The activities by Hashd al-Shaabi in eastern Syria have already led to the frictions and fighting with the Syrian military which aims to regain control over eastern Syria.
In southern Syria, the Quds Force is currently recruiting former rebels for a new force which is preparing for a confrontation with the Israeli military in the Quneitra region.
The force reportedly has 2,000 fighters at its disposal and consists of 36 local militias whose fighters receive salaries of between $250 and $1,500 per month.
The Iranians, furthermore, deliberately provoked the Israeli military by launching the two missiles Saturday evening and are increasingly threatening the Jewish state via proxies in Lebanon, Syria and Gaza.
In Lebanon, Hezbollah leader Hassan Nasrallah again threatened Israel with war during a speech in honor of al-Quds day and said that in the event of war between Iran and the US, Israel and Saudi Arabia would pay the price.
The Hezbollah boss also said that whenever Israel dared to act against Iranian missile facilities in Lebanon his organization would react “immediately and powerfully.”
Israel recently shared intelligence (including satellite images) with the US about the exact locations of the Iranian guided missile facilities in Lebanon and delivered a stern warning to the Lebanese government via the Trump Administration.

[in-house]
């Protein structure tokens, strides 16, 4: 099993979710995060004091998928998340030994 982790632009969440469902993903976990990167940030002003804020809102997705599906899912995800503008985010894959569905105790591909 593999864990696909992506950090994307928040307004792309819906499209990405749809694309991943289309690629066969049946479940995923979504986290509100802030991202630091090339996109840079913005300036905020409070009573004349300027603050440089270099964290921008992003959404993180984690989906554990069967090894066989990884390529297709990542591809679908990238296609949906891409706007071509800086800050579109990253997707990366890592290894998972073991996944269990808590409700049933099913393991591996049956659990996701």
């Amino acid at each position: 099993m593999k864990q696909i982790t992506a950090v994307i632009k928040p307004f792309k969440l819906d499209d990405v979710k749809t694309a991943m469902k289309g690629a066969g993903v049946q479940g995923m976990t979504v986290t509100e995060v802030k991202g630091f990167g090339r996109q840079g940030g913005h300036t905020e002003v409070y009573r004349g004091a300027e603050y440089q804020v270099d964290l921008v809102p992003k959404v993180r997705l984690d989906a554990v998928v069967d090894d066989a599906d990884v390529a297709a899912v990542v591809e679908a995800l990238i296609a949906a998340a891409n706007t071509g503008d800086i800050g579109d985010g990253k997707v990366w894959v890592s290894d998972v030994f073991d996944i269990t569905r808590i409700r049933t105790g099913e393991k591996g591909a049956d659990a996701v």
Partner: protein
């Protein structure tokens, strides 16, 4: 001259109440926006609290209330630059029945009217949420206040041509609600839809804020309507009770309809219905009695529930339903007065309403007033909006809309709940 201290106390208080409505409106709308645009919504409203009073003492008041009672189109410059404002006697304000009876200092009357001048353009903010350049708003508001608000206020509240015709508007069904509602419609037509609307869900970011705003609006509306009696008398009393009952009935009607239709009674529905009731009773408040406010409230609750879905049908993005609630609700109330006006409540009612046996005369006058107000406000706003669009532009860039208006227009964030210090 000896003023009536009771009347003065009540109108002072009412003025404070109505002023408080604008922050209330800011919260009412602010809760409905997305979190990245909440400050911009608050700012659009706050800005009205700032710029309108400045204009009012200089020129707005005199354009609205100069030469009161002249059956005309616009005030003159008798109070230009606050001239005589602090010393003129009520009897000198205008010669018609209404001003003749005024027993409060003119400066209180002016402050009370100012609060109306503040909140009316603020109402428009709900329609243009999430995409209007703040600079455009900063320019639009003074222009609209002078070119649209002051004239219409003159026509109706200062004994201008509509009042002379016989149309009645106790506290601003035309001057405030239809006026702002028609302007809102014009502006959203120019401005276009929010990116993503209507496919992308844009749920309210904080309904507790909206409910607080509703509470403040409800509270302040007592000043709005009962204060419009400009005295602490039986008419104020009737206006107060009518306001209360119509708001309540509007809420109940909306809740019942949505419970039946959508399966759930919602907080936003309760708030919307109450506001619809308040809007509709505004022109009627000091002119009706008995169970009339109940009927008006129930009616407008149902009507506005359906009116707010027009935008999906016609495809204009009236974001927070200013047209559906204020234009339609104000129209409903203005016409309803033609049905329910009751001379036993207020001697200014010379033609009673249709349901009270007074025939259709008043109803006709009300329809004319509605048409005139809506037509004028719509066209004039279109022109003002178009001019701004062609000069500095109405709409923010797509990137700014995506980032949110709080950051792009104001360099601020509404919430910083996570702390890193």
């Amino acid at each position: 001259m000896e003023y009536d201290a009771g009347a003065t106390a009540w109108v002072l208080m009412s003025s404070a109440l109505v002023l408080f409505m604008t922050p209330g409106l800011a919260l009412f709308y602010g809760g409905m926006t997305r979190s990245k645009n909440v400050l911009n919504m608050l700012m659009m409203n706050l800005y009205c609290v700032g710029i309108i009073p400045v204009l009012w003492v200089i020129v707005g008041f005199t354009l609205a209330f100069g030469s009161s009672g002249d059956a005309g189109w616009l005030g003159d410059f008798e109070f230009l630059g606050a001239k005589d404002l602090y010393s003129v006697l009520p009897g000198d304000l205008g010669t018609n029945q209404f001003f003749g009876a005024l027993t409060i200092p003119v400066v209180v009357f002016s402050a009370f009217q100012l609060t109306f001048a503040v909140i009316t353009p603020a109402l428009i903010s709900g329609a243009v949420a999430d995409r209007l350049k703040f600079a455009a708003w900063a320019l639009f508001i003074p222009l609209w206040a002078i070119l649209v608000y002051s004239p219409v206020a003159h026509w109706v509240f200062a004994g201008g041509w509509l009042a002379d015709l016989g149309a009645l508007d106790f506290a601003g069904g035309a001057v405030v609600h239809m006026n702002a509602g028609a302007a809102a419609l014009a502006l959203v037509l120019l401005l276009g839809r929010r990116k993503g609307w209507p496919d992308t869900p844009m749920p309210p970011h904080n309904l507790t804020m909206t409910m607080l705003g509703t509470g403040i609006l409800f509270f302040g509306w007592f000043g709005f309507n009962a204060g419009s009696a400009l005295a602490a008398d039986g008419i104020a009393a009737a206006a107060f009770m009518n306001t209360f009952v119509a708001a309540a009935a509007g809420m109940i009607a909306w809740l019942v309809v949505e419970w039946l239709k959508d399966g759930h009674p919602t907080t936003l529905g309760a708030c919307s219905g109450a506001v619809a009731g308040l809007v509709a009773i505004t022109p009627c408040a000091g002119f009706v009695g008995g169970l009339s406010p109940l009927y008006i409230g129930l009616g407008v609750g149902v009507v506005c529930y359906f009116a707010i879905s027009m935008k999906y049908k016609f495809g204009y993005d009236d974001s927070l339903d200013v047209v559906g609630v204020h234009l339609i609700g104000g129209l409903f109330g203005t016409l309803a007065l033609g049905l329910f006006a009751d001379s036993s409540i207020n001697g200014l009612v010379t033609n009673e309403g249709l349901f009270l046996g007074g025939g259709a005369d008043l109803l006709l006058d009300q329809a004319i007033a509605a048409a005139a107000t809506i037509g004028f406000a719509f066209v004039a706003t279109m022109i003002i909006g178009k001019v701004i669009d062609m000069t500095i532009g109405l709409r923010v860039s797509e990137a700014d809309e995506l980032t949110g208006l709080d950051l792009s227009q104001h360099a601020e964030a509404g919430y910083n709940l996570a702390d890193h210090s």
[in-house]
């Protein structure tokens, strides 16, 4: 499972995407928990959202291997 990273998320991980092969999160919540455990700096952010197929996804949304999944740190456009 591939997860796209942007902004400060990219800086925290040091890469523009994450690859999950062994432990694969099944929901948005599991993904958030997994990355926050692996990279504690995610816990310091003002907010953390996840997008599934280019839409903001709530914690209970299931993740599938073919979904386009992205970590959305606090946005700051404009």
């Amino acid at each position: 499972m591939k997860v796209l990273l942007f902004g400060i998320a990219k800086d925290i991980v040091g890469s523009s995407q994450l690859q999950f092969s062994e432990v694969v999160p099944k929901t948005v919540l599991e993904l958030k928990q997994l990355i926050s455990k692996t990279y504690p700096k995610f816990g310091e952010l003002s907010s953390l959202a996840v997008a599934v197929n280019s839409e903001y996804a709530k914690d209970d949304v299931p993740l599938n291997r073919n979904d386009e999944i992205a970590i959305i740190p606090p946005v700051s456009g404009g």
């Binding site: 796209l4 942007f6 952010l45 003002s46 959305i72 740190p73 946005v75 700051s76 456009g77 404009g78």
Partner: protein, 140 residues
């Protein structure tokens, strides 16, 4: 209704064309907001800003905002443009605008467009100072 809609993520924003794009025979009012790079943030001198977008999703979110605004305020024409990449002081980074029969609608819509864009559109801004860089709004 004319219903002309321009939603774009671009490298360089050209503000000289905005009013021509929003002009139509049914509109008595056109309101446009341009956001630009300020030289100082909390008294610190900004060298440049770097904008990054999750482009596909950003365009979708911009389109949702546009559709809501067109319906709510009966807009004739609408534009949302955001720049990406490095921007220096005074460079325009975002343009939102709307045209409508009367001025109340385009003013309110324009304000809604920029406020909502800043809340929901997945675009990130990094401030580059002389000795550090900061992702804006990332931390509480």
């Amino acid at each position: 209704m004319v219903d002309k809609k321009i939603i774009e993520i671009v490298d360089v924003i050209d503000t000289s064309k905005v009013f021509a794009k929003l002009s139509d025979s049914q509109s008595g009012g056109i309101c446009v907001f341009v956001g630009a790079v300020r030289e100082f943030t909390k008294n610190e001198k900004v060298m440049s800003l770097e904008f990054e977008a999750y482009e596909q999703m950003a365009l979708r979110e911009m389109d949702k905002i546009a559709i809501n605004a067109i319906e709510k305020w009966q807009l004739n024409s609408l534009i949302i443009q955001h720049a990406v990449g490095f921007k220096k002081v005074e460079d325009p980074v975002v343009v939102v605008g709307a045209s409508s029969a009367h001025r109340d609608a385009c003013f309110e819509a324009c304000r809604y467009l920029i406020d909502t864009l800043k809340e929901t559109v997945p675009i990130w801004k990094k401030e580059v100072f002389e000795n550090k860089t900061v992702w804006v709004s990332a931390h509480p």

In Gaza, meanwhile, the Iranian-backed Palestinian terror organizations Hamas and Islamic Jihad continue their low-intensity warfare against Israel by launching incendiary balloons and kites daily. Hamas leader Yahya Sinwar openly admitted Iran was behind the recent escalation with Israel.
“Iran provided us with rockets, and we surprised the world when our resistance targeted Beersheba,” Sinwar said adding that “had it not been for Iran, the resistance in Palestine would not have possessed its current capabilities.”
The Hamas leader also warned that Tel Aviv would be a prime target in any future confrontation with Israel. Despite countless Israeli airstrikes on military targets in Gaza, Hamas and Islamic Jihad’s arsenal of rockets and missiles is still estimated at 20,000 and continues to grow.
Israel now appears to work in tandem with Saudi Arabia to contain Hamas (read Iran) in Gaza.
The Saudi authorities have arrested 60 Hamas operatives over the last two months, media reported.
Israel is ready for any Iranian proxy attack, a senior Israeli navy commander said on Monday but Ron Ben Yishai, one of Israel’s military analysts, begs to differ.
In an article for the Hebrew language YNet news site Ben Yishai wrote that “Israel’s enemies understand the psychological, spiritual, cultural and political fabric of Israeli society” and the Israeli military is “paralyzed”.
The Ynet analyst said that “Iran has a credible capability to threaten Israel with nuclear weapons and ballistic missiles”.
His comments came shortly before German Intelligence confirmed Iran has a progressing program for the development of weapons of mass destruction.
Source » israelnationalnews